1. Cutting Splitting the car in half only takes around 20 minutes, but the job of fitting the new section involves a day and a half’s work.
2. Electrics Before the car can be cut, 18 hours are spent stripping it out, and it takes another 18 hours to stretch the wiring loom.
3. Paint The new-look limo then spends 125 hours in the paint shop, with five litres of primer and six litres of colour used on each model.
4. Polishing For the perfect spotless shine, the car spends 90 hours in the finishing department.
It's a family affair
Martyn Templett, now general manager and a director at Wilcox Limousines, has been at the company since 1978 and seen it grow and change. He gave us this brief overview of its history.
1945: William Wilcox obtains the contract from the nearby Ealing Studio in West London to supply chauffeur services to actors and crew members.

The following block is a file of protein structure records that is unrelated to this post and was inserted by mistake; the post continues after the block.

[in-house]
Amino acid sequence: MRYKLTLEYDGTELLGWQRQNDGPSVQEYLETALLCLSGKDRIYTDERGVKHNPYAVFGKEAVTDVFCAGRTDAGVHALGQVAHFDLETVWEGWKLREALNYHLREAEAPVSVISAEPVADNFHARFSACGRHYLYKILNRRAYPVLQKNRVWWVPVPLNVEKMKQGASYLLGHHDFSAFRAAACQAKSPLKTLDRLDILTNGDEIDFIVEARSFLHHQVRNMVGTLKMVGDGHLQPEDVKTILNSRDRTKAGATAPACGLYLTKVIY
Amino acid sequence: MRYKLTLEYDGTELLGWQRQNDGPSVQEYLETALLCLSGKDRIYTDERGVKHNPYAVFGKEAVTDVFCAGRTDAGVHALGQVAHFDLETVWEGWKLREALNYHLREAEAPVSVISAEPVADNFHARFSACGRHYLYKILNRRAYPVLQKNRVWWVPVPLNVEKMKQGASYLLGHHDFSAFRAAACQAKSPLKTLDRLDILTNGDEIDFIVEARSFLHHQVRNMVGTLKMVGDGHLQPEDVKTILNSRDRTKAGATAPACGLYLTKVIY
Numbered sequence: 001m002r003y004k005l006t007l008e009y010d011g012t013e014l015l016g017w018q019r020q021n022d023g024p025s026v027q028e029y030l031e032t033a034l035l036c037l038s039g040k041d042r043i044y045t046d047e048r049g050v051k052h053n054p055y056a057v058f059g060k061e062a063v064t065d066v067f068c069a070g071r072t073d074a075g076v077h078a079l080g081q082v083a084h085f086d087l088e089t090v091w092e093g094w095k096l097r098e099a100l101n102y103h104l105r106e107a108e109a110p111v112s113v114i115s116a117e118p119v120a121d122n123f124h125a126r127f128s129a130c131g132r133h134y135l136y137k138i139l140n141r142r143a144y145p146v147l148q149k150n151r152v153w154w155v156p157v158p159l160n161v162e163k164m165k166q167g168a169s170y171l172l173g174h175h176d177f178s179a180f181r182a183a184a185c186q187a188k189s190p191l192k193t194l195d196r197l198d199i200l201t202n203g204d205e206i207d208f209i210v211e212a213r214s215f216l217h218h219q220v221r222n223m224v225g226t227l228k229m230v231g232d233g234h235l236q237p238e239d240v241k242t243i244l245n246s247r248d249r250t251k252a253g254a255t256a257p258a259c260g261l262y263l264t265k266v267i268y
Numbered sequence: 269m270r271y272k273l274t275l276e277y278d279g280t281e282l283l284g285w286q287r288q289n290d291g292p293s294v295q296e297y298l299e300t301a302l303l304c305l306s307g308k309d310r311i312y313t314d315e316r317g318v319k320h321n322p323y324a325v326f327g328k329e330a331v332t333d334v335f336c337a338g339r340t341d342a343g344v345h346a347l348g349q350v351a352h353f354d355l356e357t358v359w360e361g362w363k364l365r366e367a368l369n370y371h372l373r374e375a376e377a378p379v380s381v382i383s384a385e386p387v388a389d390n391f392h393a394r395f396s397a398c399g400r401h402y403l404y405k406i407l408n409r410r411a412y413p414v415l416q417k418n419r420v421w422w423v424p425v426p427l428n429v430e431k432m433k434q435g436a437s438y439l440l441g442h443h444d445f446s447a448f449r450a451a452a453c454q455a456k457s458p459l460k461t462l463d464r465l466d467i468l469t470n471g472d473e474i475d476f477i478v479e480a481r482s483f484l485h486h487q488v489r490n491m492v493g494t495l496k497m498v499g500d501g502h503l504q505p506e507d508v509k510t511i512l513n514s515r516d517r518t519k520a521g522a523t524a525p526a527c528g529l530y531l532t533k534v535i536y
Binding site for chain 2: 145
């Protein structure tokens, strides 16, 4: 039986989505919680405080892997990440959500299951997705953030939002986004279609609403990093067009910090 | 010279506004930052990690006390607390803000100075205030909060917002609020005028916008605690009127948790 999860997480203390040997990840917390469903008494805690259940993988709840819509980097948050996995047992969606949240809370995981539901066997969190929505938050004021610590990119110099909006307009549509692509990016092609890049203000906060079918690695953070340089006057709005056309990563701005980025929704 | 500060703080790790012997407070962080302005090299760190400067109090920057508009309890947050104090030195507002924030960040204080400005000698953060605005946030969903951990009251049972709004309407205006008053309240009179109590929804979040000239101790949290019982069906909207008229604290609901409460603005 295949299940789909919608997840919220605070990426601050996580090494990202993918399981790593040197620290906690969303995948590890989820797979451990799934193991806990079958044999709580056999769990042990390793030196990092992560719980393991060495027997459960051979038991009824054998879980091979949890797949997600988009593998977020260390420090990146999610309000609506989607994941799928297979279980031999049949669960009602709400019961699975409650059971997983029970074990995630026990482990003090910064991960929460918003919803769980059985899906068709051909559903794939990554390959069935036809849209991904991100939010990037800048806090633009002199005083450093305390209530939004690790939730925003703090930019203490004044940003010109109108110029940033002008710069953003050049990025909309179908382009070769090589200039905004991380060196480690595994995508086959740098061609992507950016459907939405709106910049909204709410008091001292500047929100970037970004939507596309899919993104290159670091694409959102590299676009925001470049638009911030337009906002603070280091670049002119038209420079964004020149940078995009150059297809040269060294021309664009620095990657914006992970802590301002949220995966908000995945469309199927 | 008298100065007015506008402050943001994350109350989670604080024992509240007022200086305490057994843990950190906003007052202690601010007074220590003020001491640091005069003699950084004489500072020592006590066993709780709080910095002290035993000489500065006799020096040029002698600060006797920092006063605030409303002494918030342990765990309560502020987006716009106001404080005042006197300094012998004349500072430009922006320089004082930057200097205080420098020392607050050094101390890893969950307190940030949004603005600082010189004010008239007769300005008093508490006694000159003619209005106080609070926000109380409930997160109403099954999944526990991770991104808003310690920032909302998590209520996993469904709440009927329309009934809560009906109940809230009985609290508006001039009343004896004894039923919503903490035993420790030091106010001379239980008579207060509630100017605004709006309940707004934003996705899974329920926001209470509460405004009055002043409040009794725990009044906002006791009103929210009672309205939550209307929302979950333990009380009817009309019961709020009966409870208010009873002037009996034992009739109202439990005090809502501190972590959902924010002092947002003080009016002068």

1948: Wilcox Limousines is founded after William Wilcox decides there is more money in buying and selling limos than just hiring them out. Soon starts coachbuilding its own hearses.
1970: Head office and dealer opened at current headquarters at Chalfont St. Peter, Bucks.
1974: William Wilcox’s sons Peter and Paul take over the family business.
1985: Eagle Specialist Vehicles (owned by Wilcox) formed in Lancashire to build Vauxhall-branded hearses and limousines.
1992: Wilcox – and Eagle – win an exclusive contract to convert Jaguar XJs into hearses and limousines. It’s still the only Jaguar-supported coachbuilder in the world.
2003: A second factory is established in Northampton to convert the Jaguar XJ’s new aluminium bodyshells.
2012: Eagle Specialist Vehicles moves its northern factory to Wigan.
You've seen what it takes to build a world-class limo, but what are the cars they are based on like to live with? Find out by reading the results of the UK's biggest motoring customer satisfaction survey, Driver Power.